- both Al Shabaab in Somalia and AQIM in Algeria have explicitly declared the UN as an enemy, having attacked UN assets in the past. They are both a part, in one way or another, with the Al Qaeda Network.
- Boko Haram has not yet explicitly declared the UN as an enemy but has started a Nigerian insurgency, with unclear demands.
- Boko Haram has regular contact with, and received training and funding from Al Qaeda Africa
- TBDA suggests Al Shabaab and AQIM have been looking for email addresses to reach out to each other over the last year, more frequently in the last few months.
- There are other organizations in Nigeria who wish to harm the Nigerian government, but they have shown neither the resources nor the inclination to attack the UN.
A U.N. official in Geneva confirmed to CBS News that it was a bomb attack, and a Nigerian security official told Reuters news agency it was the result of a car bomb.
"I saw scattered bodies," said Michael Ofilaje, a UNICEF worker at the building. "Many people are dead."
He said it felt like "the blast came from the basement and shook the building."
A medical worker at the scene told Reuters at least 10 people were killed and local media said as many as 40 more were injured, but the death toll was not immediately confirmed by officials and many more victims could still be buried by rubble.
The building houses about 400 employees of the U.N. in Nigeria, including the majority of its offices.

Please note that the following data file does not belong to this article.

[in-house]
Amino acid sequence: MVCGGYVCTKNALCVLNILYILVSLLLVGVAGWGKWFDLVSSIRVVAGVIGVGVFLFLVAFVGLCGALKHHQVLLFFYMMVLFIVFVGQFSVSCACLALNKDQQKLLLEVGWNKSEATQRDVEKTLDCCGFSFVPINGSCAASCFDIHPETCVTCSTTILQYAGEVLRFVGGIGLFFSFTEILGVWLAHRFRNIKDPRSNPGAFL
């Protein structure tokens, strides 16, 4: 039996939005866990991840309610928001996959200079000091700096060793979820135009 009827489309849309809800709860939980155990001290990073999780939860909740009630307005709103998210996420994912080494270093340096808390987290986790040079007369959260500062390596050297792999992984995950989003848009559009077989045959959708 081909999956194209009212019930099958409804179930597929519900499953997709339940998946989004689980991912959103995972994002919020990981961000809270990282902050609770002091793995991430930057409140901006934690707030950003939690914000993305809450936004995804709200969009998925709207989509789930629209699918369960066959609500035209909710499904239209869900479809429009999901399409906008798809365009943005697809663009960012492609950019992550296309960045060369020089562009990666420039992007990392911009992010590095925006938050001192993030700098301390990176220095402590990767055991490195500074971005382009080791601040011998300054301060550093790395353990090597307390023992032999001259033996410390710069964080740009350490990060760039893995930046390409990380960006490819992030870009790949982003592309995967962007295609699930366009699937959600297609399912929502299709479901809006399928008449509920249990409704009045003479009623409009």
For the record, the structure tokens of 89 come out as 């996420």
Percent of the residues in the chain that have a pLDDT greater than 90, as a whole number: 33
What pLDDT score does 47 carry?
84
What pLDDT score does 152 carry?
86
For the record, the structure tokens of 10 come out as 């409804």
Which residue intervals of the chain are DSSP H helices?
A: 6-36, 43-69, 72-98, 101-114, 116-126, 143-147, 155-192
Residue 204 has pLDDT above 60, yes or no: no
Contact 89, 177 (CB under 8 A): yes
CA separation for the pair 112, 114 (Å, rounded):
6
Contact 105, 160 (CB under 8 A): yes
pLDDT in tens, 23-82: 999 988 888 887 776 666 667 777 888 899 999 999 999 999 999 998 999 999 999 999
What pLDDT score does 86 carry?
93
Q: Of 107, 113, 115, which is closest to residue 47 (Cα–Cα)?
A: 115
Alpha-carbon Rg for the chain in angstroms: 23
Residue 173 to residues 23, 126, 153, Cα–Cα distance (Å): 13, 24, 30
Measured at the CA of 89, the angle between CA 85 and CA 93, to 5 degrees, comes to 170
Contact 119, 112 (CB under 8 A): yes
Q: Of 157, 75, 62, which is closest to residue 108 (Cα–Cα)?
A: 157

U.S. Embassy spokesperson Debbie MacLean tells CBS News that, as far as she is aware, no U.S. citizens were injured in the blast, but the embassy was still collecting details and the facts from the incident were still evolving rapidly.
MacLean said there was no damage to the U.S. Embassy.
Nigeria, a nation of 150 million, is split between a largely Christian south and Muslim north. In recent months, the country has faced an increasing threat from a radical Muslim sect called Boko Haram, which wants to implement a strict version of Shariah law in the nation.
The group has carried out assassinations and bombings, including the June car bombing of the national headquarters of Nigeria's federal police that killed at least two people.
Earlier this month, the commander for U.S. military operations in Africa said Boko Haram may be trying to link with two al Qaeda-linked groups in other African countries to mount joint attacks in Nigeria.
Gen. Carter Ham told AP on Aug. 17 during a visit to Nigeria that "multiple sources" indicate Boko Haram made contacts with al Qaeda in the Islamic Maghreb (AQIM), which operates in northwest Africa, and with al-Shabab in Somalia.
"I think it would be the most dangerous thing to happen not only to the Africans, but to us as well," Carter said.
"This is very likely the work of Boko Haram and, or, AQIM and is a serious escalation in the security situation in Nigeria," the unnamed security official told Reuters.